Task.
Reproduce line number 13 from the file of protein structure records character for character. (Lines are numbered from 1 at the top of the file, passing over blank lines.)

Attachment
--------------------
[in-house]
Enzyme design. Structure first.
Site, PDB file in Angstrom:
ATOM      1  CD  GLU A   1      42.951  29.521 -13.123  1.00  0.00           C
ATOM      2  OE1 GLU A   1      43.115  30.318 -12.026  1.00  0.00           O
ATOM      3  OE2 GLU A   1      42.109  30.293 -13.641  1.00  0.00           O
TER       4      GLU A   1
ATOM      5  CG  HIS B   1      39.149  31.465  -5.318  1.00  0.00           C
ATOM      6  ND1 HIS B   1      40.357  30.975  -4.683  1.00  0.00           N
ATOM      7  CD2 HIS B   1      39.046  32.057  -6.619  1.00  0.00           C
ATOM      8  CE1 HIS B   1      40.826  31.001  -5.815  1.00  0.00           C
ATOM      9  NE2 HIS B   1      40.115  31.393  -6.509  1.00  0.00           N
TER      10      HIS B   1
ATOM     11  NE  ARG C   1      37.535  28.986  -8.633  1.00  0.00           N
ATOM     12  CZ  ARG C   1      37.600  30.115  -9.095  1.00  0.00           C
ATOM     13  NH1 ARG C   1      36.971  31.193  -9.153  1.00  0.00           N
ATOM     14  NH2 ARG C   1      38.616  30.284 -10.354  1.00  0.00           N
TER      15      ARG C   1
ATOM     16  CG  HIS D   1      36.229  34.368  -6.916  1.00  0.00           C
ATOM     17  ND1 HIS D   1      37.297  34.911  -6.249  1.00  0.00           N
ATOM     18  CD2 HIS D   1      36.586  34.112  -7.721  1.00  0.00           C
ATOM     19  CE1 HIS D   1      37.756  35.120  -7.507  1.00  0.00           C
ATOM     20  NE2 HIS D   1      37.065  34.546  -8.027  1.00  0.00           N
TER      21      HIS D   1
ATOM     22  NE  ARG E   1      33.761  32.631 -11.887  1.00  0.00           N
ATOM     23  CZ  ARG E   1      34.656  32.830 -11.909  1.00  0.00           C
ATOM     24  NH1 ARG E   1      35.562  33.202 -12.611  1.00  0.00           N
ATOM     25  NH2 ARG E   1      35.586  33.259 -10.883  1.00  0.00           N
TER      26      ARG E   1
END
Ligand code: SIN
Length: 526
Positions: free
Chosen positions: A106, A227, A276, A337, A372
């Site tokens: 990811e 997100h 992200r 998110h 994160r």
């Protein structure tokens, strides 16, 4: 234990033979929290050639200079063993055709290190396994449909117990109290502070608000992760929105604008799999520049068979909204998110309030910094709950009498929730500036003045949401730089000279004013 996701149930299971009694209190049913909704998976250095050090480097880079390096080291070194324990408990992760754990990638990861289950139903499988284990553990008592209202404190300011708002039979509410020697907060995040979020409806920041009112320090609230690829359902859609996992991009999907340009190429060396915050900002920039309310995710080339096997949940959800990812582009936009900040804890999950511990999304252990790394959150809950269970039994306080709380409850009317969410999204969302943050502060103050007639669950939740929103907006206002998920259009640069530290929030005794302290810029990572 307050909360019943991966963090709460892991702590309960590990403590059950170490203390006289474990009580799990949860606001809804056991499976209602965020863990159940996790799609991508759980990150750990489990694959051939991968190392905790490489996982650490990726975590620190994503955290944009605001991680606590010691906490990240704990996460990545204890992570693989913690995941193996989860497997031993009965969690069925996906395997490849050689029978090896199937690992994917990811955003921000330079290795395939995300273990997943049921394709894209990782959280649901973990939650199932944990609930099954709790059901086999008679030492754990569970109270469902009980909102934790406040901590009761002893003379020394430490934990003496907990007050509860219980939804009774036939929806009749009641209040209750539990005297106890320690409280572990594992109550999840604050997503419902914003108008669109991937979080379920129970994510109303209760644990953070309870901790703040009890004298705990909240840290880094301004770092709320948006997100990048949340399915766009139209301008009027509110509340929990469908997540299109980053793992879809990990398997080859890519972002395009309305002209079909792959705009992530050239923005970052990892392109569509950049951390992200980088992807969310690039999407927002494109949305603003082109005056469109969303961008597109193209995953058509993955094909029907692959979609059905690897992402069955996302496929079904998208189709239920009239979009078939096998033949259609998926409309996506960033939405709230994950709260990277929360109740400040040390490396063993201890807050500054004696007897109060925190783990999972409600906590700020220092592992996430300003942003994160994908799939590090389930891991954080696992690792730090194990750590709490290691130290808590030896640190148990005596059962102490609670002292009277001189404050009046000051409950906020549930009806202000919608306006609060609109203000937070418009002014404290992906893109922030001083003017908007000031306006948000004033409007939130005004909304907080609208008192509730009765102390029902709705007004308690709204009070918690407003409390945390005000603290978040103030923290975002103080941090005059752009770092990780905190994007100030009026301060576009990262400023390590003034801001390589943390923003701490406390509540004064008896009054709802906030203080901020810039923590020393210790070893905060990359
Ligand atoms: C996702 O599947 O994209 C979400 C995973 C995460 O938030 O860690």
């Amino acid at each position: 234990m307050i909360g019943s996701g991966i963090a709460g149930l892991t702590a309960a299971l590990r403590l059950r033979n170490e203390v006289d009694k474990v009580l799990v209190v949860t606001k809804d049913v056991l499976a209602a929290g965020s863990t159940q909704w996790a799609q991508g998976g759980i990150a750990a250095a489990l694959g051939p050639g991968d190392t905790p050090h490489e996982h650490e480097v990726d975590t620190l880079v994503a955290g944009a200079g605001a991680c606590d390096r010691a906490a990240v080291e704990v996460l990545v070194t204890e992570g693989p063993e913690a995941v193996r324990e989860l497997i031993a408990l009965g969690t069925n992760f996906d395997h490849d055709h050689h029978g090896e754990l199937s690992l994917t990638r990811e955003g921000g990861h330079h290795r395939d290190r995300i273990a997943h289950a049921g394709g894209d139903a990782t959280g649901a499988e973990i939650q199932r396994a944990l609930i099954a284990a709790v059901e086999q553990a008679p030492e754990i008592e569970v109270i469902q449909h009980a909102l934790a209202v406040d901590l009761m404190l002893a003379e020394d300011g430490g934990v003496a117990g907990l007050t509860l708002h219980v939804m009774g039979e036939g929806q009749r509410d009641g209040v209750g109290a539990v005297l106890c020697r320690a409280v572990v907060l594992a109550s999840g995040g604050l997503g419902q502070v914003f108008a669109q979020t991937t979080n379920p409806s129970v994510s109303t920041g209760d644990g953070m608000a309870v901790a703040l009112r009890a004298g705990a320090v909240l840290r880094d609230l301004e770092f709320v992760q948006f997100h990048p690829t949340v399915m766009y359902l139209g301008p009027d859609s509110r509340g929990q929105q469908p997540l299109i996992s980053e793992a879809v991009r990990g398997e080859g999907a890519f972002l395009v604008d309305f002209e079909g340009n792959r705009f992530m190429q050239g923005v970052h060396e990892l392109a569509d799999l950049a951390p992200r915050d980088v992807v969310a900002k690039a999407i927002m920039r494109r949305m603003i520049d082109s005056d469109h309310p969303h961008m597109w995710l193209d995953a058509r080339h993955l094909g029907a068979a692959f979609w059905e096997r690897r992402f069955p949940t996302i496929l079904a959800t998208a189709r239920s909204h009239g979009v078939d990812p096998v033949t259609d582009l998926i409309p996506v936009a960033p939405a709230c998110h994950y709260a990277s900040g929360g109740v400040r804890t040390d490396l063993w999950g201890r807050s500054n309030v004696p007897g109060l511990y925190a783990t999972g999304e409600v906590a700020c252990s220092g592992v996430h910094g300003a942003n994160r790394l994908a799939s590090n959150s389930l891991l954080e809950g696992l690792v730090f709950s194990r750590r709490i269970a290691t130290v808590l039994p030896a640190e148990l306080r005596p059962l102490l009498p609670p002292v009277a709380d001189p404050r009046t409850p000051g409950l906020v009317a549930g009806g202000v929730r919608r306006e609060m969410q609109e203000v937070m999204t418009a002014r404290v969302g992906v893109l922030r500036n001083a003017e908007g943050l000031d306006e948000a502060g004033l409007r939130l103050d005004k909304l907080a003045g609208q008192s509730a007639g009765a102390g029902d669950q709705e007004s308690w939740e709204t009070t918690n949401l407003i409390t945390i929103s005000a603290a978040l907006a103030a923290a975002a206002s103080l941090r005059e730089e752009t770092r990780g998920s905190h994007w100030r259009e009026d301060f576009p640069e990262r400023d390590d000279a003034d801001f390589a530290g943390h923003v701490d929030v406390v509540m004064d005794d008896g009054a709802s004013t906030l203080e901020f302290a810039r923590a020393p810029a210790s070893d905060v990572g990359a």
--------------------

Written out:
TER      10      HIS B   1